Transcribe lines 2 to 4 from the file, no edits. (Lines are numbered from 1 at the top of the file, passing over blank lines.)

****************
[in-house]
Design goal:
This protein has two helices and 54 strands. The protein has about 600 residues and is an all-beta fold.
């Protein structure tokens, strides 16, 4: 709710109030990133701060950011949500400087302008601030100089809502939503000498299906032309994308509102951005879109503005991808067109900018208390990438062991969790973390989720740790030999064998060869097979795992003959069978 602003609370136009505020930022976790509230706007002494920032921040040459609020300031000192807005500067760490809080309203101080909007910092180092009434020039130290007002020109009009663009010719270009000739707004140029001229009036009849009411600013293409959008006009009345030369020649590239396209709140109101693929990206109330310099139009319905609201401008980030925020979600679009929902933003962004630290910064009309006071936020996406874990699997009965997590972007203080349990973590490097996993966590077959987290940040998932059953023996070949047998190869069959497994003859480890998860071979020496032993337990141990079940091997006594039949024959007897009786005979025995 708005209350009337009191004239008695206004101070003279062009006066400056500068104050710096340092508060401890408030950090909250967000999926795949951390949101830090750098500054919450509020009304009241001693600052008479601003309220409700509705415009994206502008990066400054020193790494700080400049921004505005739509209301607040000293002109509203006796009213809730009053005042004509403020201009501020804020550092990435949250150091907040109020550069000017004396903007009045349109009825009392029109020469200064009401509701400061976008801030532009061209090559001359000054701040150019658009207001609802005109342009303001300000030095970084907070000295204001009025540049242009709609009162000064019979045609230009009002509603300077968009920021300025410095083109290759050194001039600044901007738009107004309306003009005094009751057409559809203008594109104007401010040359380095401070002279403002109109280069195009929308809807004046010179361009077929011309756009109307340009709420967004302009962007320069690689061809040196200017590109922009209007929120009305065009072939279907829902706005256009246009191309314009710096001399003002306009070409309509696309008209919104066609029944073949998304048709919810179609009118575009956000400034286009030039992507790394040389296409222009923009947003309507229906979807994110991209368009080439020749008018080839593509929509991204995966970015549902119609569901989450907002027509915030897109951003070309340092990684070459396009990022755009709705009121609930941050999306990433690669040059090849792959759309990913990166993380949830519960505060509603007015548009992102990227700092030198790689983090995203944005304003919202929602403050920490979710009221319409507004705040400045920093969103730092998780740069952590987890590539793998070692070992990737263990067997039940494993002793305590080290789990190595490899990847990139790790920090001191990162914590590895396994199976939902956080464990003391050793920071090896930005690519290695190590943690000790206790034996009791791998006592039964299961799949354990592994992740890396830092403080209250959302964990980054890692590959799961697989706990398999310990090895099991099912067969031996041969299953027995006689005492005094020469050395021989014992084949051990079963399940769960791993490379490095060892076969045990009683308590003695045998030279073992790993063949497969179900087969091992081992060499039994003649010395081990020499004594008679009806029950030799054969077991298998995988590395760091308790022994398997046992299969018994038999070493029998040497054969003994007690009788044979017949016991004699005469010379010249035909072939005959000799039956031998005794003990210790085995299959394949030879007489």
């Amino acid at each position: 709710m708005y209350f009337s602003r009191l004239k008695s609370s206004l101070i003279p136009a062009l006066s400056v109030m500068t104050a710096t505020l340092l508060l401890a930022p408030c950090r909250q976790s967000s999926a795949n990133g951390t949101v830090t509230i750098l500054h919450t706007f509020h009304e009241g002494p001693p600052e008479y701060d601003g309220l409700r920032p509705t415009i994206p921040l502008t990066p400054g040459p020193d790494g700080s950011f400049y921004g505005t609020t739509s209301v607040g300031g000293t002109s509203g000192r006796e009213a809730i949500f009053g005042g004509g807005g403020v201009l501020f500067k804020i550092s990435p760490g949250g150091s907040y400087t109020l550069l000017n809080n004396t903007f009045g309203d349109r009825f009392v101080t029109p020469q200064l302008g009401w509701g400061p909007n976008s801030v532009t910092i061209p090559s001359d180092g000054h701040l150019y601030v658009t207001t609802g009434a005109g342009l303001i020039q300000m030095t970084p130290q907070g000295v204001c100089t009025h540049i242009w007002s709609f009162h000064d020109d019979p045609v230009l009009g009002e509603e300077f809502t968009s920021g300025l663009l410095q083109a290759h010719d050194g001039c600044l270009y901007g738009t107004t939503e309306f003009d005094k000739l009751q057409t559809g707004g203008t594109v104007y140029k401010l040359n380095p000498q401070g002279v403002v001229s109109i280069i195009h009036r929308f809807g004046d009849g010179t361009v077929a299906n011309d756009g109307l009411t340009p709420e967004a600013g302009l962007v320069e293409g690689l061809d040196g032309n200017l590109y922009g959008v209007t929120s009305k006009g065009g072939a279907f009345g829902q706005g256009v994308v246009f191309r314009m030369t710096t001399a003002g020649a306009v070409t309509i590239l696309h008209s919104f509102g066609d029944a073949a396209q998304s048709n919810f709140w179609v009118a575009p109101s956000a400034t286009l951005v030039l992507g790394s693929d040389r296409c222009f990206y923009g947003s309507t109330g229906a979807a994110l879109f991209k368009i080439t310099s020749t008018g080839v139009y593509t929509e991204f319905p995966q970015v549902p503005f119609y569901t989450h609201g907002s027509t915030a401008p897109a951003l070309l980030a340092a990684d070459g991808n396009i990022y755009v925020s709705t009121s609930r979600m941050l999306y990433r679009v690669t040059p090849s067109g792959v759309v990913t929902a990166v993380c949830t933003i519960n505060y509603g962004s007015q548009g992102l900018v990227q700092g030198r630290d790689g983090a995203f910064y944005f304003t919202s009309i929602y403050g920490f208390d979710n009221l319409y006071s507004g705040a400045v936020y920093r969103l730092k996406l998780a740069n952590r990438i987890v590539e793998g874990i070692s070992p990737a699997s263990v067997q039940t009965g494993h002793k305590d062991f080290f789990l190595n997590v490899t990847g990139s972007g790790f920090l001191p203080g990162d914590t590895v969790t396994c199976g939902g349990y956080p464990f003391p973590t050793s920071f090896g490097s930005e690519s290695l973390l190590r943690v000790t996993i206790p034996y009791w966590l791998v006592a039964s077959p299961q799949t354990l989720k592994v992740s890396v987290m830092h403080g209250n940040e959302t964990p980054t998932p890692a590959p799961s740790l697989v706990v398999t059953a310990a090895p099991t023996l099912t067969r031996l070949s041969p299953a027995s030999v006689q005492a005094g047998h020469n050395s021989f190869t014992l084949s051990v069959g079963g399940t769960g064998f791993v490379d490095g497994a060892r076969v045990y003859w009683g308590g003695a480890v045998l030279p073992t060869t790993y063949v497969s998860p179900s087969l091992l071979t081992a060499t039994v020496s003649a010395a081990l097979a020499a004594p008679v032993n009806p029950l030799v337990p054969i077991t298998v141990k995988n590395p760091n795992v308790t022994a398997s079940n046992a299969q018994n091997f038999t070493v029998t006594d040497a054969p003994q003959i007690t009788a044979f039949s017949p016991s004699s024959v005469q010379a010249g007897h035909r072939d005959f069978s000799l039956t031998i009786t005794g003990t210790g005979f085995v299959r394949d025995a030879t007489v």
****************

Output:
Design goal:
This protein has two helices and 54 strands. The protein has about 600 residues and is an all-beta fold.
């Protein structure tokens, strides 16, 4: 709710109030990133701060950011949500400087302008601030100089809502939503000498299906032309994308509102951005879109503005991808067109900018208390990438062991969790973390989720740790030999064998060869097979795992003959069978 602003609370136009505020930022976790509230706007002494920032921040040459609020300031000192807005500067760490809080309203101080909007910092180092009434020039130290007002020109009009663009010719270009000739707004140029001229009036009849009411600013293409959008006009009345030369020649590239396209709140109101693929990206109330310099139009319905609201401008980030925020979600679009929902933003962004630290910064009309006071936020996406874990699997009965997590972007203080349990973590490097996993966590077959987290940040998932059953023996070949047998190869069959497994003859480890998860071979020496032993337990141990079940091997006594039949024959007897009786005979025995 708005209350009337009191004239008695206004101070003279062009006066400056500068104050710096340092508060401890408030950090909250967000999926795949951390949101830090750098500054919450509020009304009241001693600052008479601003309220409700509705415009994206502008990066400054020193790494700080400049921004505005739509209301607040000293002109509203006796009213809730009053005042004509403020201009501020804020550092990435949250150091907040109020550069000017004396903007009045349109009825009392029109020469200064009401509701400061976008801030532009061209090559001359000054701040150019658009207001609802005109342009303001300000030095970084907070000295204001009025540049242009709609009162000064019979045609230009009002509603300077968009920021300025410095083109290759050194001039600044901007738009107004309306003009005094009751057409559809203008594109104007401010040359380095401070002279403002109109280069195009929308809807004046010179361009077929011309756009109307340009709420967004302009962007320069690689061809040196200017590109922009209007929120009305065009072939279907829902706005256009246009191309314009710096001399003002306009070409309509696309008209919104066609029944073949998304048709919810179609009118575009956000400034286009030039992507790394040389296409222009923009947003309507229906979807994110991209368009080439020749008018080839593509929509991204995966970015549902119609569901989450907002027509915030897109951003070309340092990684070459396009990022755009709705009121609930941050999306990433690669040059090849792959759309990913990166993380949830519960505060509603007015548009992102990227700092030198790689983090995203944005304003919202929602403050920490979710009221319409507004705040400045920093969103730092998780740069952590987890590539793998070692070992990737263990067997039940494993002793305590080290789990190595490899990847990139790790920090001191990162914590590895396994199976939902956080464990003391050793920071090896930005690519290695190590943690000790206790034996009791791998006592039964299961799949354990592994992740890396830092403080209250959302964990980054890692590959799961697989706990398999310990090895099991099912067969031996041969299953027995006689005492005094020469050395021989014992084949051990079963399940769960791993490379490095060892076969045990009683308590003695045998030279073992790993063949497969179900087969091992081992060499039994003649010395081990020499004594008679009806029950030799054969077991298998995988590395760091308790022994398997046992299969018994038999070493029998040497054969003994007690009788044979017949016991004699005469010379010249035909072939005959000799039956031998005794003990210790085995299959394949030879007489």